The campaign also refers to courtesans, such as Sarah Bernhardt, Mata Hari or Cora Pearl, also called demi-mondaines or Insoumises during the Second Empire. These independent and libertine women liberated women from the shackles of the time by eroticizing sex and moving it away from the simple reproductive function, by developing luxury and liberating bodies through less restrictive fashion, and by promoting access to hygiene. Often actresses, they adorned themselves with costumes and precious jewels and were maintained at great expense by several men of high society ... while maintaining their independence. The theater in the 19th century is then "a sales table, a market of more or less adulterated human flesh. Let's go! To the highest and last bidder? - Gentlemen, make your prices" said Marguerite Bellanger, an Insoumise, in her Confessions in 1882.
Far from a slave market (of sex) or a supermarket of women-objects, we come a little closer to the principle of "adopte", where the person who pays is not the one who has the power. But at the time, on the contrary, it was the highest bidder who won the favors of these ladies... allowing them in exchange to live a luxurious and free life. To be paid for favors, okay, but to remain free at all costs! Cora Pearl will say in her Memoirs of 1886: "I have never cheated anyone, because I have never belonged to anyone. My independence was my whole fortune: I have known no other happiness."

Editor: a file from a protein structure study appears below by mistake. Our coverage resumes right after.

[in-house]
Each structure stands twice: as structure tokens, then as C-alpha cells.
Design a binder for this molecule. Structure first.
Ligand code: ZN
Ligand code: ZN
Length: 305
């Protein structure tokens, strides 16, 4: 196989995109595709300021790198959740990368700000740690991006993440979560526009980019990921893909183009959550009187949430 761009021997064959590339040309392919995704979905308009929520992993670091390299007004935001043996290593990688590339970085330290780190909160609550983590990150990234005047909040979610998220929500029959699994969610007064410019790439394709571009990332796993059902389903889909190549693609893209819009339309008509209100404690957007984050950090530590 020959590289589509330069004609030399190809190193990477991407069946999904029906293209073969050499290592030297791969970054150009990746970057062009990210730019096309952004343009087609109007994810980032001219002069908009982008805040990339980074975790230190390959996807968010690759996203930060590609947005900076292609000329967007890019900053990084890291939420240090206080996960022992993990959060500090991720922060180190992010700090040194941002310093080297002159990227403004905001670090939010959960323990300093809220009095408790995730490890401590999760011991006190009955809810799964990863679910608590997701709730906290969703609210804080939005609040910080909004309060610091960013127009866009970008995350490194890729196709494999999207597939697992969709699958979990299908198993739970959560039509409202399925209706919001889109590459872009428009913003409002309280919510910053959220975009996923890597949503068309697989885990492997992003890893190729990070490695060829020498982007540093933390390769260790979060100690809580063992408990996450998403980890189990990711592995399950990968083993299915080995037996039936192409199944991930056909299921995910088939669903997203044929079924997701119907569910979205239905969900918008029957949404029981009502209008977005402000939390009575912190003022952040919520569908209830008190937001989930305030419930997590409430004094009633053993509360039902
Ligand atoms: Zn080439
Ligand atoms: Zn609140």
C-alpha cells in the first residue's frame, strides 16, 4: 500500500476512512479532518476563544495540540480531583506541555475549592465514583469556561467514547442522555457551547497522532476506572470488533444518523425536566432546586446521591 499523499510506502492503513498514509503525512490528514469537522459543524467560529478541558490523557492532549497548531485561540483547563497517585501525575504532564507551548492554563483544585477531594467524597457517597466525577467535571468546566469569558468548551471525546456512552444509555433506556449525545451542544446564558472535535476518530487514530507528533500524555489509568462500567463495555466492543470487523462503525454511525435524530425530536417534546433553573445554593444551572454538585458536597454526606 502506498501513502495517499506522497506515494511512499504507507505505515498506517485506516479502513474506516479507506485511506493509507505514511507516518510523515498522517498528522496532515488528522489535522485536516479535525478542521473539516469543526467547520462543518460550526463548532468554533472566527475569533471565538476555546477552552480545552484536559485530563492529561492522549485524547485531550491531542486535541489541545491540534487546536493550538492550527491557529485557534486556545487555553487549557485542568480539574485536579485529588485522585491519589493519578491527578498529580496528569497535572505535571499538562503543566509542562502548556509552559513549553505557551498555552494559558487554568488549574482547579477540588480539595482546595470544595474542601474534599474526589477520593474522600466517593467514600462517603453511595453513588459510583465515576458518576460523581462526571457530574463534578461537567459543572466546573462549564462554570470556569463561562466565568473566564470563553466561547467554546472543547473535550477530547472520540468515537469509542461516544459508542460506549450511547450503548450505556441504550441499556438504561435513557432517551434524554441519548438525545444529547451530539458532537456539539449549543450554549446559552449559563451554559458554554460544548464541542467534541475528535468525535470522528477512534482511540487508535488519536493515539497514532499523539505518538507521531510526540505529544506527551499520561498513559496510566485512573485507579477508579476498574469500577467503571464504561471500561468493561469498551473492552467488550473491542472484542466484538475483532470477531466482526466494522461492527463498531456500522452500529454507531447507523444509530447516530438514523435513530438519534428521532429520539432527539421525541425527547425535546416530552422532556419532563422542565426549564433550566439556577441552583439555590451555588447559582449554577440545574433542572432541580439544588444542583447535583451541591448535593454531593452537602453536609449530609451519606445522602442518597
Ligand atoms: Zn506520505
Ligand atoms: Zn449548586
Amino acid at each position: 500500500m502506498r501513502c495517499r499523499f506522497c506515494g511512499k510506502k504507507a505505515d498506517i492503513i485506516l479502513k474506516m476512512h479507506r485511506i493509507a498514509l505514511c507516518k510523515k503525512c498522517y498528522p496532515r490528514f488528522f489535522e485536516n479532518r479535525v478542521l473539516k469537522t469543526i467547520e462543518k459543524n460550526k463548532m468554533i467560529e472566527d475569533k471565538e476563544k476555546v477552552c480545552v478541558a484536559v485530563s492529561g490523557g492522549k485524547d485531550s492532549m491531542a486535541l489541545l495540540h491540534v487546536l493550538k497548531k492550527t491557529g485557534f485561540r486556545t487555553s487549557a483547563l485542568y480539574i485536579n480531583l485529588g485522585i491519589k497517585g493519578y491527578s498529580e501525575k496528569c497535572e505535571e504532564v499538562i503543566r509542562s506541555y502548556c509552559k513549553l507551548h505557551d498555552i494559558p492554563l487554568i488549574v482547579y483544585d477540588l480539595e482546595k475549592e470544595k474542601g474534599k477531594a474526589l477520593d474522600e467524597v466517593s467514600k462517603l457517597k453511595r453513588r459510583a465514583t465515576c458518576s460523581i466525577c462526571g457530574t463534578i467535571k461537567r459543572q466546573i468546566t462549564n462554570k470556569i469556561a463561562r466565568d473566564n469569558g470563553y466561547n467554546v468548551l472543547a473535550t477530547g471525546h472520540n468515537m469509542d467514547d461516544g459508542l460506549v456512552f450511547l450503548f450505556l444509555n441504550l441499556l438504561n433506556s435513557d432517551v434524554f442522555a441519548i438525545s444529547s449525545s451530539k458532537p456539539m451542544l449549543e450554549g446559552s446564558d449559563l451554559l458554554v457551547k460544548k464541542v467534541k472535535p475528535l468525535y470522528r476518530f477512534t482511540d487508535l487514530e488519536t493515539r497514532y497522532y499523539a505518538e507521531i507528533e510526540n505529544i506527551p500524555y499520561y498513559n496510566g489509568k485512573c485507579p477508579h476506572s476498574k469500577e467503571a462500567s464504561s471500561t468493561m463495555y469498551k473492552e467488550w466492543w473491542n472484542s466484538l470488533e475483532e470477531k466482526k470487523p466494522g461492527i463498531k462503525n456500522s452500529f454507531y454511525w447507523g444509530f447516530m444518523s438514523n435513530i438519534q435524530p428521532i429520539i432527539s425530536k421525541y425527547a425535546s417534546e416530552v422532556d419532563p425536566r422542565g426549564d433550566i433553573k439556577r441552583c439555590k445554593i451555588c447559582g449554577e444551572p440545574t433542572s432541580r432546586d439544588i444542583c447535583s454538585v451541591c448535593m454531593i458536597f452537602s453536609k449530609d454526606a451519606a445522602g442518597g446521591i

If adopte promotes a system of free choice for the woman, adorning itself with the image of a courtesan who would choose and devour her favorites, she remains here at the mercy of the man who pays for her favors while she gains nothing at the exchange, except to have the freedom to start again the next day... By taking a step back from the communication of the site and its functioning since its beginnings: the woman registered on adopte offers for free -if she wants- her favors to men who pay... other men (the founders of the brand). Strange system.
All the more so as the paid subscription for men always implies that, as in a restaurant or a bar, the one who pays is able to expect something from the woman in return... The woman who refuses a drink also often refuses an advance! In the current context and with the #balancetonbar movement, this kind of positioning -although most probably unconscious on the side of the marketing team- is far from being progressive nor rewarding. So yes, of course, the site has to be kept alive, and at the time of the launch, mobile applications did not exist; it was not yet possible to "swipe" to decide with whom you wanted to create affinities. If the subscription allowed to sort out in 2012, why not invent a new payment system in 2021 in the age of mobile applications, which would be truly fair and gender-neutral?